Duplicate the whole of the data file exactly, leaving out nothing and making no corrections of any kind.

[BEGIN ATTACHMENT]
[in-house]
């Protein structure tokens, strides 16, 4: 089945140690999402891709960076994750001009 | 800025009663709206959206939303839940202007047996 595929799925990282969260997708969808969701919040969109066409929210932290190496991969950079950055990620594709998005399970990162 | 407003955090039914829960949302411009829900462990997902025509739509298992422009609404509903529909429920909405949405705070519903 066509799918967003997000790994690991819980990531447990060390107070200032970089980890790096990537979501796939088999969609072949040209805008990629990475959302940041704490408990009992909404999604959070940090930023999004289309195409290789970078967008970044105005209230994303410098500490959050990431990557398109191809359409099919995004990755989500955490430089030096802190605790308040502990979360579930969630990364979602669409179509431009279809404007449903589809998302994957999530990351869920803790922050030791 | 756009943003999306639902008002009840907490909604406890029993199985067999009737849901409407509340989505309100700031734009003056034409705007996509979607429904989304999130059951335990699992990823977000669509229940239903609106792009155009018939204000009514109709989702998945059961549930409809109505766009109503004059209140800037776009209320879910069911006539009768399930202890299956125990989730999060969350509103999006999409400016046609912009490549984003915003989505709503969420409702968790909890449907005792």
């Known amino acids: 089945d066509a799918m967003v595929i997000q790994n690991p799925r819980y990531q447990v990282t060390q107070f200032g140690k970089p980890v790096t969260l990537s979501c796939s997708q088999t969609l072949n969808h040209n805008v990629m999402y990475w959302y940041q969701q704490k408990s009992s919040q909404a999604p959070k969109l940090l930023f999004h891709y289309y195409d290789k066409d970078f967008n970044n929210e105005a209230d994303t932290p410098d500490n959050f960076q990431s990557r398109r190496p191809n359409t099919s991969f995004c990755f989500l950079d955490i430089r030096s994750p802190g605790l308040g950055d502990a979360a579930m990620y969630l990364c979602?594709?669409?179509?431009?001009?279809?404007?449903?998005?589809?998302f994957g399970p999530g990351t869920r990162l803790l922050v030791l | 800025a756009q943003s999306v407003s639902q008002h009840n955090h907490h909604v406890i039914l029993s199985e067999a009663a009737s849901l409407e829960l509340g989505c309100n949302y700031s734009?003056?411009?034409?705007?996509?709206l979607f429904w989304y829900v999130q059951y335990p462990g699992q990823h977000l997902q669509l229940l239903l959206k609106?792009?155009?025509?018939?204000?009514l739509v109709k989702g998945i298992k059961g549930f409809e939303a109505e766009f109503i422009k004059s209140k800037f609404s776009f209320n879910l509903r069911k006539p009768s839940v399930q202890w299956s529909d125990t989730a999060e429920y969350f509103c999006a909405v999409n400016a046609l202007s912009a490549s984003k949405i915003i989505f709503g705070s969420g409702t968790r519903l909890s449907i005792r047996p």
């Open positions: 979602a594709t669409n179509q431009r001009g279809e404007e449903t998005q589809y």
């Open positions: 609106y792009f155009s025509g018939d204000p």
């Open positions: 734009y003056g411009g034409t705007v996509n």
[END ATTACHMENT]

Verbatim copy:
[in-house]
């Protein structure tokens, strides 16, 4: 089945140690999402891709960076994750001009 | 800025009663709206959206939303839940202007047996 595929799925990282969260997708969808969701919040969109066409929210932290190496991969950079950055990620594709998005399970990162 | 407003955090039914829960949302411009829900462990997902025509739509298992422009609404509903529909429920909405949405705070519903 066509799918967003997000790994690991819980990531447990060390107070200032970089980890790096990537979501796939088999969609072949040209805008990629990475959302940041704490408990009992909404999604959070940090930023999004289309195409290789970078967008970044105005209230994303410098500490959050990431990557398109191809359409099919995004990755989500955490430089030096802190605790308040502990979360579930969630990364979602669409179509431009279809404007449903589809998302994957999530990351869920803790922050030791 | 756009943003999306639902008002009840907490909604406890029993199985067999009737849901409407509340989505309100700031734009003056034409705007996509979607429904989304999130059951335990699992990823977000669509229940239903609106792009155009018939204000009514109709989702998945059961549930409809109505766009109503004059209140800037776009209320879910069911006539009768399930202890299956125990989730999060969350509103999006999409400016046609912009490549984003915003989505709503969420409702968790909890449907005792």
């Known amino acids: 089945d066509a799918m967003v595929i997000q790994n690991p799925r819980y990531q447990v990282t060390q107070f200032g140690k970089p980890v790096t969260l990537s979501c796939s997708q088999t969609l072949n969808h040209n805008v990629m999402y990475w959302y940041q969701q704490k408990s009992s919040q909404a999604p959070k969109l940090l930023f999004h891709y289309y195409d290789k066409d970078f967008n970044n929210e105005a209230d994303t932290p410098d500490n959050f960076q990431s990557r398109r190496p191809n359409t099919s991969f995004c990755f989500l950079d955490i430089r030096s994750p802190g605790l308040g950055d502990a979360a579930m990620y969630l990364c979602?594709?669409?179509?431009?001009?279809?404007?449903?998005?589809?998302f994957g399970p999530g990351t869920r990162l803790l922050v030791l | 800025a756009q943003s999306v407003s639902q008002h009840n955090h907490h909604v406890i039914l029993s199985e067999a009663a009737s849901l409407e829960l509340g989505c309100n949302y700031s734009?003056?411009?034409?705007?996509?709206l979607f429904w989304y829900v999130q059951y335990p462990g699992q990823h977000l997902q669509l229940l239903l959206k609106?792009?155009?025509?018939?204000?009514l739509v109709k989702g998945i298992k059961g549930f409809e939303a109505e766009f109503i422009k004059s209140k800037f609404s776009f209320n879910l509903r069911k006539p009768s839940v399930q202890w299956s529909d125990t989730a999060e429920y969350f509103c999006a909405v999409n400016a046609l202007s912009a490549s984003k949405i915003i989505f709503g705070s969420g409702t968790r519903l909890s449907i005792r047996p």
């Open positions: 979602a594709t669409n179509q431009r001009g279809e404007e449903t998005q589809y």
């Open positions: 609106y792009f155009s025509g018939d204000p």
């Open positions: 734009y003056g411009g034409t705007v996509n």